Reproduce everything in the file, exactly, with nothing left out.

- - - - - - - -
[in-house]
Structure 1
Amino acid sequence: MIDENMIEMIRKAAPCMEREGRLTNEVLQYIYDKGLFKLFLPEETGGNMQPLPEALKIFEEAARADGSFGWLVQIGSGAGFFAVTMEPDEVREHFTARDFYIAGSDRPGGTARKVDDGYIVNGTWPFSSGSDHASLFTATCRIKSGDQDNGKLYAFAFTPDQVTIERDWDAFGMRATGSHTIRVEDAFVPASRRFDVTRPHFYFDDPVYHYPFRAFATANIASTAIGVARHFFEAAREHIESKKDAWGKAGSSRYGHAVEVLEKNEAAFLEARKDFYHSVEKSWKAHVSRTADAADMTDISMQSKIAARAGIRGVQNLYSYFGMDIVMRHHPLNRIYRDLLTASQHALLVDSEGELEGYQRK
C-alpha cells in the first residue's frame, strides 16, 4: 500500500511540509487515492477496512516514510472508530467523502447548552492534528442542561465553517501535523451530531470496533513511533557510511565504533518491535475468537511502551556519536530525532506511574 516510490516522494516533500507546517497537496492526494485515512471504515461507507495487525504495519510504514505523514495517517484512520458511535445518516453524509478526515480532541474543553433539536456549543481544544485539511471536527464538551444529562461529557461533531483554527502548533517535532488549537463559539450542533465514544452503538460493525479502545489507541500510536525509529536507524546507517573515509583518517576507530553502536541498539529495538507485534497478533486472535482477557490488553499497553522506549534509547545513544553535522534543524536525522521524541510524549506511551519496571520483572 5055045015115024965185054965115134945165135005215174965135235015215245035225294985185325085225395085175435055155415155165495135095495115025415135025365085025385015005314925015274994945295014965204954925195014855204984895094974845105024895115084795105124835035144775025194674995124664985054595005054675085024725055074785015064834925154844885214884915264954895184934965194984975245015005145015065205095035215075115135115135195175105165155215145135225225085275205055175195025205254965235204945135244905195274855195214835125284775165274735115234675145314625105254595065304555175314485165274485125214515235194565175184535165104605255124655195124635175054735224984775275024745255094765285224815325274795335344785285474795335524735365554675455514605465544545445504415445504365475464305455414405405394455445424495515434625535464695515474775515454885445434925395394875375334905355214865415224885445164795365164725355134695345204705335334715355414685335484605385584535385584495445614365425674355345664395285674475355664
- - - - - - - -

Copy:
[in-house]
Structure 1
Amino acid sequence: MIDENMIEMIRKAAPCMEREGRLTNEVLQYIYDKGLFKLFLPEETGGNMQPLPEALKIFEEAARADGSFGWLVQIGSGAGFFAVTMEPDEVREHFTARDFYIAGSDRPGGTARKVDDGYIVNGTWPFSSGSDHASLFTATCRIKSGDQDNGKLYAFAFTPDQVTIERDWDAFGMRATGSHTIRVEDAFVPASRRFDVTRPHFYFDDPVYHYPFRAFATANIASTAIGVARHFFEAAREHIESKKDAWGKAGSSRYGHAVEVLEKNEAAFLEARKDFYHSVEKSWKAHVSRTADAADMTDISMQSKIAARAGIRGVQNLYSYFGMDIVMRHHPLNRIYRDLLTASQHALLVDSEGELEGYQRK
C-alpha cells in the first residue's frame, strides 16, 4: 500500500511540509487515492477496512516514510472508530467523502447548552492534528442542561465553517501535523451530531470496533513511533557510511565504533518491535475468537511502551556519536530525532506511574 516510490516522494516533500507546517497537496492526494485515512471504515461507507495487525504495519510504514505523514495517517484512520458511535445518516453524509478526515480532541474543553433539536456549543481544544485539511471536527464538551444529562461529557461533531483554527502548533517535532488549537463559539450542533465514544452503538460493525479502545489507541500510536525509529536507524546507517573515509583518517576507530553502536541498539529495538507485534497478533486472535482477557490488553499497553522506549534509547545513544553535522534543524536525522521524541510524549506511551519496571520483572 5055045015115024965185054965115134945165135005215174965135235015215245035225294985185325085225395085175435055155415155165495135095495115025415135025365085025385015005314925015274994945295014965204954925195014855204984895094974845105024895115084795105124835035144775025194674995124664985054595005054675085024725055074785015064834925154844885214884915264954895184934965194984975245015005145015065205095035215075115135115135195175105165155215145135225225085275205055175195025205254965235204945135244905195274855195214835125284775165274735115234675145314625105254595065304555175314485165274485125214515235194565175184535165104605255124655195124635175054735224984775275024745255094765285224815325274795335344785285474795335524735365554675455514605465544545445504415445504365475464305455414405405394455445424495515434625535464695515474775515454885445434925395394875375334905355214865415224885445164795365164725355134695345204705335334715355414685335484605385584535385584495445614365425674355345664395285674475355664